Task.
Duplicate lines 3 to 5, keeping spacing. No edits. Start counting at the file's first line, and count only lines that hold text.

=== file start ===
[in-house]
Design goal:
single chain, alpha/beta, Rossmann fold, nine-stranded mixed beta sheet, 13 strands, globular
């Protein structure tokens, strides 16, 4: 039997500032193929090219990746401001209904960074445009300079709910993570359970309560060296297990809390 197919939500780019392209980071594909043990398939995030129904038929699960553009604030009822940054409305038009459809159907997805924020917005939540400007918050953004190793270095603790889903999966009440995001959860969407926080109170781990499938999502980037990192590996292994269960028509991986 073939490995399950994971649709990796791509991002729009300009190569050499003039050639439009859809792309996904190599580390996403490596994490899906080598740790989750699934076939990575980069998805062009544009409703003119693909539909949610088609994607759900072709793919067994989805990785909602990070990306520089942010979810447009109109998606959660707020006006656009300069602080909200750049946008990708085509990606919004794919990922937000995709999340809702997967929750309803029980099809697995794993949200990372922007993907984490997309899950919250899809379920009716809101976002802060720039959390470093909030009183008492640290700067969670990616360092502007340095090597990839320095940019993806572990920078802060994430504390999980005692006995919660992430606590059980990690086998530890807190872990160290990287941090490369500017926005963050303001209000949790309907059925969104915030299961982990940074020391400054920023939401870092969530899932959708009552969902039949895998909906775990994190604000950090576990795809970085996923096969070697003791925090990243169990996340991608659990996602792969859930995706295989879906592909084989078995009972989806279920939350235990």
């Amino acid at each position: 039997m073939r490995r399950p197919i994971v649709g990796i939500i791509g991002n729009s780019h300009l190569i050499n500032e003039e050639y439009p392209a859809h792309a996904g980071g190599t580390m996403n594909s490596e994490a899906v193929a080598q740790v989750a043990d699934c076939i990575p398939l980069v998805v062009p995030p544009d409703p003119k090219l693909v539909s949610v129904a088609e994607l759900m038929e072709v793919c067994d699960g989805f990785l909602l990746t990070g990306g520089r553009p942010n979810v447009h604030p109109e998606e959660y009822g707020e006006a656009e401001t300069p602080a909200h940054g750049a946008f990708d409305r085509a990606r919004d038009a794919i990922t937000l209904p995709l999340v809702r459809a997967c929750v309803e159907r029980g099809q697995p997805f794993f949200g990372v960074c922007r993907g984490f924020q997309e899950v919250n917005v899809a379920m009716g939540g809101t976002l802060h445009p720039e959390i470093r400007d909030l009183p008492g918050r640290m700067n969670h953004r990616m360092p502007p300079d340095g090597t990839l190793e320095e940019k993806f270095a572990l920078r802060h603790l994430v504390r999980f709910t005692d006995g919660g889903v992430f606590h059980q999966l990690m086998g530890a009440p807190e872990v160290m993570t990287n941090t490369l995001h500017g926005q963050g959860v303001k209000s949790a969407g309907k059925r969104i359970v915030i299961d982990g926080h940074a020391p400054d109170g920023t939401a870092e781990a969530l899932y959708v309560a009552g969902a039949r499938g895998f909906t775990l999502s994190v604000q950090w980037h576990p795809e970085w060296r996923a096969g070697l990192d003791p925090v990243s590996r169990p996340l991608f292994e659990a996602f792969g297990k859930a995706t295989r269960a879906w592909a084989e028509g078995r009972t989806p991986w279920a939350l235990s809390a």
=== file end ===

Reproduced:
single chain, alpha/beta, Rossmann fold, nine-stranded mixed beta sheet, 13 strands, globular
């Protein structure tokens, strides 16, 4: 039997500032193929090219990746401001209904960074445009300079709910993570359970309560060296297990809390 197919939500780019392209980071594909043990398939995030129904038929699960553009604030009822940054409305038009459809159907997805924020917005939540400007918050953004190793270095603790889903999966009440995001959860969407926080109170781990499938999502980037990192590996292994269960028509991986 073939490995399950994971649709990796791509991002729009300009190569050499003039050639439009859809792309996904190599580390996403490596994490899906080598740790989750699934076939990575980069998805062009544009409703003119693909539909949610088609994607759900072709793919067994989805990785909602990070990306520089942010979810447009109109998606959660707020006006656009300069602080909200750049946008990708085509990606919004794919990922937000995709999340809702997967929750309803029980099809697995794993949200990372922007993907984490997309899950919250899809379920009716809101976002802060720039959390470093909030009183008492640290700067969670990616360092502007340095090597990839320095940019993806572990920078802060994430504390999980005692006995919660992430606590059980990690086998530890807190872990160290990287941090490369500017926005963050303001209000949790309907059925969104915030299961982990940074020391400054920023939401870092969530899932959708009552969902039949895998909906775990994190604000950090576990795809970085996923096969070697003791925090990243169990996340991608659990996602792969859930995706295989879906592909084989078995009972989806279920939350235990």
């Amino acid at each position: 039997m073939r490995r399950p197919i994971v649709g990796i939500i791509g991002n729009s780019h300009l190569i050499n500032e003039e050639y439009p392209a859809h792309a996904g980071g190599t580390m996403n594909s490596e994490a899906v193929a080598q740790v989750a043990d699934c076939i990575p398939l980069v998805v062009p995030p544009d409703p003119k090219l693909v539909s949610v129904a088609e994607l759900m038929e072709v793919c067994d699960g989805f990785l909602l990746t990070g990306g520089r553009p942010n979810v447009h604030p109109e998606e959660y009822g707020e006006a656009e401001t300069p602080a909200h940054g750049a946008f990708d409305r085509a990606r919004d038009a794919i990922t937000l209904p995709l999340v809702r459809a997967c929750v309803e159907r029980g099809q697995p997805f794993f949200g990372v960074c922007r993907g984490f924020q997309e899950v919250n917005v899809a379920m009716g939540g809101t976002l802060h445009p720039e959390i470093r400007d909030l009183p008492g918050r640290m700067n969670h953004r990616m360092p502007p300079d340095g090597t990839l190793e320095e940019k993806f270095a572990l920078r802060h603790l994430v504390r999980f709910t005692d006995g919660g889903v992430f606590h059980q999966l990690m086998g530890a009440p807190e872990v160290m993570t990287n941090t490369l995001h500017g926005q963050g959860v303001k209000s949790a969407g309907k059925r969104i359970v915030i299961d982990g926080h940074a020391p400054d109170g920023t939401a870092e781990a969530l899932y959708v309560a009552g969902a039949r499938g895998f909906t775990l999502s994190v604000q950090w980037h576990p795809e970085w060296r996923a096969g070697l990192d003791p925090v990243s590996r169990p996340l991608f292994e659990a996602f792969g297990k859930a995706t295989r269960a879906w592909a084989e028509g078995r009972t989806p991986w279920a939350l235990s809390a």